The original Creator, in every sense of the word.

David Bergsland

The creativity problem is a worldly thing, brought about by the need of leadership to feel like they’re in control. For the same reason that most institutional churches shut down the Holy Spirit, church corporations hate creativity. They can’t understand it, and it threatens their hold on the leadership.

And never tell them that the Holy Spirit should be in charge of the worship services and that it’s really Jesus’ church.

>stumbling on my face off the soapbox< 🙂

Matthias M. Hoefler
Matthias M. Hoefler

I’m sorry to hear people tried shutting your creativity down at various stages of your life. There’s a story you might find satisfying and even soothing or healing


It’s by Nathaniel Hawthorne: “The Artist of the Beautiful.” Take the link and scroll down. It’s the final story in the list.
As they say at Walgreen’s now, be well.

D. M. Dutcher

I really get this. It was the same way for me too, except I just hid my loves from my church, and didn’t really make any deep bonds with other Christians due to it. I didn’t really have any scriptural reason for it at the time, because consuming creative works and thinking creatively is like breathing air to me. I simply cannot do without it.

I think the church dislikes creatives and science because both of those were used by the secular world to attack it. The Byronic ideal of the artist as morally transgressive truth teller wound up setting them up against the faith, and even the “heroic individualist” idea made a lot of Christian artists isolate themselves because that’s what artists do. So the church is wary about the arts in the same way a deer is wary about humans; they can’t always tell which one will attack and which one is friendly.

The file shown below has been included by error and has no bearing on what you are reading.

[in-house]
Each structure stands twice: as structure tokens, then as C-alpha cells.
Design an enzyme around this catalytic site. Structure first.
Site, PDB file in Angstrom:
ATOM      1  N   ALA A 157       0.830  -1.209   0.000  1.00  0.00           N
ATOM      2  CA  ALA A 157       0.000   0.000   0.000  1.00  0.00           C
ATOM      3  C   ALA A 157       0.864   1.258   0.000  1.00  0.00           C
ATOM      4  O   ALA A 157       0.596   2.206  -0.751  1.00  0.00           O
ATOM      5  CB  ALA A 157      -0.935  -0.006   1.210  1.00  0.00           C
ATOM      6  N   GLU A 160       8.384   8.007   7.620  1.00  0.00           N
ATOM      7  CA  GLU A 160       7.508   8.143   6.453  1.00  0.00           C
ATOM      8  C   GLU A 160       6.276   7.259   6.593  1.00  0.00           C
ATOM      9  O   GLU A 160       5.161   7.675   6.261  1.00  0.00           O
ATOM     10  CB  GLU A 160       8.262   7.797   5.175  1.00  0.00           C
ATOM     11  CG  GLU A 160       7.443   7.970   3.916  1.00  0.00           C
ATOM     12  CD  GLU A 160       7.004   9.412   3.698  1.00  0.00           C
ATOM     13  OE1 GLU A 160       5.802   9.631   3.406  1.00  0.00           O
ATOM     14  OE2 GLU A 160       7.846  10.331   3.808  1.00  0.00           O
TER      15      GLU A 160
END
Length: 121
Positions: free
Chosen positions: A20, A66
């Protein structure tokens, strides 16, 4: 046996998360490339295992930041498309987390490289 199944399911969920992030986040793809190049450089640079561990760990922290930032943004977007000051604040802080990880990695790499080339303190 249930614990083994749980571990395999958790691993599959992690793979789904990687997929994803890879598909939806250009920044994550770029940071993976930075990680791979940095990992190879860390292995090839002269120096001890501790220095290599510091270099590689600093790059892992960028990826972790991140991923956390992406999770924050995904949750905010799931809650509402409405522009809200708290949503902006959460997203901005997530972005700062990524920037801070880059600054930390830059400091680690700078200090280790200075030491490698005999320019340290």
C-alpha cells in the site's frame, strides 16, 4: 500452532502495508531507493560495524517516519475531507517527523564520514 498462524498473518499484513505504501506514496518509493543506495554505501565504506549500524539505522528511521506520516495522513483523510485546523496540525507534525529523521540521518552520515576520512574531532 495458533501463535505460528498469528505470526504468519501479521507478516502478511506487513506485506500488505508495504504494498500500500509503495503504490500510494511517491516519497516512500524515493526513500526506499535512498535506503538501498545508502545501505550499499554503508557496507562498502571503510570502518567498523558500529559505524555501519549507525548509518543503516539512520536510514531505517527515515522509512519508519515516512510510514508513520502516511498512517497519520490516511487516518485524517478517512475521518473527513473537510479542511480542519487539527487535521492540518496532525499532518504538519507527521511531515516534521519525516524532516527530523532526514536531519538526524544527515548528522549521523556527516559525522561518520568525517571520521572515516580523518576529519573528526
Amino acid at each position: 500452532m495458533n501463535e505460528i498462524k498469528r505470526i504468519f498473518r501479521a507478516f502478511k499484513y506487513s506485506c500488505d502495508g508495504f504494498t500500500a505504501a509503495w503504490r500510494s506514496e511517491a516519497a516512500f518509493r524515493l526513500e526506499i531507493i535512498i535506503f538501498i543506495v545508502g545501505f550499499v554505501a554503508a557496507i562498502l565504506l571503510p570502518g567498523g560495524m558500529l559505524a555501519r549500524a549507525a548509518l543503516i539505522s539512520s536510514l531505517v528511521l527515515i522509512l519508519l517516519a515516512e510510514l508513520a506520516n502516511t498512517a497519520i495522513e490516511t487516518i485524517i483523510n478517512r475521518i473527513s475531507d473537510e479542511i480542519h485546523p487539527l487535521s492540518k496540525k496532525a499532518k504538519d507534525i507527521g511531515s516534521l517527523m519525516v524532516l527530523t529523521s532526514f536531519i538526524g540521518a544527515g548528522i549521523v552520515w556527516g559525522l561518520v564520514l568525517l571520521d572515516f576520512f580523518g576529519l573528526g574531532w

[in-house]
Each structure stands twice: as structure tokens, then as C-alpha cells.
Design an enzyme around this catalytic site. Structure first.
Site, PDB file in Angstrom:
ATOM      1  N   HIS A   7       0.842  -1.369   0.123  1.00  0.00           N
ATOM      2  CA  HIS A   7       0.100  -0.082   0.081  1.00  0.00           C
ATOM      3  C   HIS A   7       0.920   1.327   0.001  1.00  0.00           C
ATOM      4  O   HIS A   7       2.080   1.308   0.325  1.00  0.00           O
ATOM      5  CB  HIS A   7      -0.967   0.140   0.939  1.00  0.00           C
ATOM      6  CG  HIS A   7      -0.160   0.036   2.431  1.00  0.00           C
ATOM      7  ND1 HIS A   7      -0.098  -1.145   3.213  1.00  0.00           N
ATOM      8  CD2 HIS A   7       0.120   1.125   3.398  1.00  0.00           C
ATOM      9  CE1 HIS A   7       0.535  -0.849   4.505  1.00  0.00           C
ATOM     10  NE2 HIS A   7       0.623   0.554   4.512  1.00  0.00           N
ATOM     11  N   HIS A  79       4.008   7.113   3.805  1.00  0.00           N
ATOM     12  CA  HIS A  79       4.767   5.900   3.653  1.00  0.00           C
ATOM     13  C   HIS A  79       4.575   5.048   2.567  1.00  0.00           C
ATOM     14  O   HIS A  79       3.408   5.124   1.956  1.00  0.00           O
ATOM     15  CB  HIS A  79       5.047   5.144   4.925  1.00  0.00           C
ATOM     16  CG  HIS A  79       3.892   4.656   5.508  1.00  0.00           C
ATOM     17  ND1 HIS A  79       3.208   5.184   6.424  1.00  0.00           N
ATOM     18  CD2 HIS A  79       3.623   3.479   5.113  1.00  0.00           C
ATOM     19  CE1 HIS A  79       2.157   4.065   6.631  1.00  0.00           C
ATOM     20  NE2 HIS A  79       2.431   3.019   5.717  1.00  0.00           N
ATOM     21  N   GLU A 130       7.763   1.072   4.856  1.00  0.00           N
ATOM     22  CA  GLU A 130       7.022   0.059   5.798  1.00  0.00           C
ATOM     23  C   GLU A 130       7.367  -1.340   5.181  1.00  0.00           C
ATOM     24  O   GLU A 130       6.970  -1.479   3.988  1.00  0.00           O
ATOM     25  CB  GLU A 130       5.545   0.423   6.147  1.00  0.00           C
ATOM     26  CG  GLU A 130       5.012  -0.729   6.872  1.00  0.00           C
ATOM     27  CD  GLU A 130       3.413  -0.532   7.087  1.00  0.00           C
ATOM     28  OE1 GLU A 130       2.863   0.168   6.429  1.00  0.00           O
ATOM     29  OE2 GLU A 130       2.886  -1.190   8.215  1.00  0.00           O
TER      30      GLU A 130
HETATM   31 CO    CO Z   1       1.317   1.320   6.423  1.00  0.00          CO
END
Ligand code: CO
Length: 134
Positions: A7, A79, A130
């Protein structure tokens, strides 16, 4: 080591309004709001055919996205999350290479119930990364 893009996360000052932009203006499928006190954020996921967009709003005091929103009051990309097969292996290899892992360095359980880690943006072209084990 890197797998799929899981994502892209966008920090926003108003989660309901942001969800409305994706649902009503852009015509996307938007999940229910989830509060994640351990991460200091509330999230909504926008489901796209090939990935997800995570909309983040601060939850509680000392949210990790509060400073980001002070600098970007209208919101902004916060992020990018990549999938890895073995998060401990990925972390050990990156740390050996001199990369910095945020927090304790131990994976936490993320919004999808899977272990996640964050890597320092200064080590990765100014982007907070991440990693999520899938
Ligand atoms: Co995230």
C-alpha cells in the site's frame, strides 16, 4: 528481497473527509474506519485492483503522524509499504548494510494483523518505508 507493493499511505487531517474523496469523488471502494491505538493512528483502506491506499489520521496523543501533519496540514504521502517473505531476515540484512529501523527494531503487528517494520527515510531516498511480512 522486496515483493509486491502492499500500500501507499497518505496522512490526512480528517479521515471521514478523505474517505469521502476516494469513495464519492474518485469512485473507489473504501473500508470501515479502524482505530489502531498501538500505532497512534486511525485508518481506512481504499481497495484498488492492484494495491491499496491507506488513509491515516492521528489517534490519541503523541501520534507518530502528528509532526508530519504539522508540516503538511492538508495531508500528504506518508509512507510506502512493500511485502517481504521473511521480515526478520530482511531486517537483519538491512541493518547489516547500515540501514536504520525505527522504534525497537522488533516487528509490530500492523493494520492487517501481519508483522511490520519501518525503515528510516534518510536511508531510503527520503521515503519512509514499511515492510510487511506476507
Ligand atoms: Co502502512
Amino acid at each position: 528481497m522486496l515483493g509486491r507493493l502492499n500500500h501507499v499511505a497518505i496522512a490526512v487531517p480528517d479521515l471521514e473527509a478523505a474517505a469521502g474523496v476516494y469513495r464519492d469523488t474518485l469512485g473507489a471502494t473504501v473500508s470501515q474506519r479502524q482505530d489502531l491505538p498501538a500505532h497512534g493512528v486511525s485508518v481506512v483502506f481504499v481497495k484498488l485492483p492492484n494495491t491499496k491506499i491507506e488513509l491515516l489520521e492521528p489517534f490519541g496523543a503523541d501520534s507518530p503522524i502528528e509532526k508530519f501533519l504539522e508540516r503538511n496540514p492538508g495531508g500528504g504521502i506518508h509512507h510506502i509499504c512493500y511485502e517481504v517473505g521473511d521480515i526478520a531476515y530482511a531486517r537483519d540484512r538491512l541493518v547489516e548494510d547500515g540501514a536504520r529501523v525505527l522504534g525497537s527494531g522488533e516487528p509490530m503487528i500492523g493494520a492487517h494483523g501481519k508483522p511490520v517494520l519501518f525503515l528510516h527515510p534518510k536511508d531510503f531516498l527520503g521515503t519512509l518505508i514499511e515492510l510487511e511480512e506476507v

Leah Burchfiel

I would ask why you’re waiting for Christian B-movies when it seems like all Christian movies fit pretty well in the B-slot.

And on a more philosophical note, I wonder if the problem with creativity in evangelical Christendom is the lengths to which we’ve taken sola scriptura. I won’t debate the wisdom of cutting out liturgy, but liturgy fills a creative slot that nothing else readily fits: letting loose one’s Jesus-feels and creative-feels at the same time. Coincidentally, it satisfies that weird yearning some of us have for ritual that sola scriptura also tends to starve. (This is another reason I’m not Calvinist.)

Paul Lee

And on a more philosophical note, I wonder if the problem with creativity in evangelical Christendom is the lengths to which we’ve taken sola scriptura.

Undoubtedly, and I don’t think that’s even very controversial around here — the idea that all we need is the Bible is what leads to condemnation of the arts and “wrongful pragmatism.” To me the question is, in what way have we taken sola scriptura too far?

Sola scriptura can starve creative yearning — as when Young Earth theory makes it heretical to indulge in the sense of wonder driven by unimaginably massive eons of time. (That chronology-based wonder is important to both fantasy and science fiction. Tolkien sort of presupposed Old Earth catastrophism, and LotR loses much of its power if we’re not allowed to pretend that Middle Earth might really have been our Earth an unknown number of millennia before the Garden of Eden.)

Good observation about liturgy!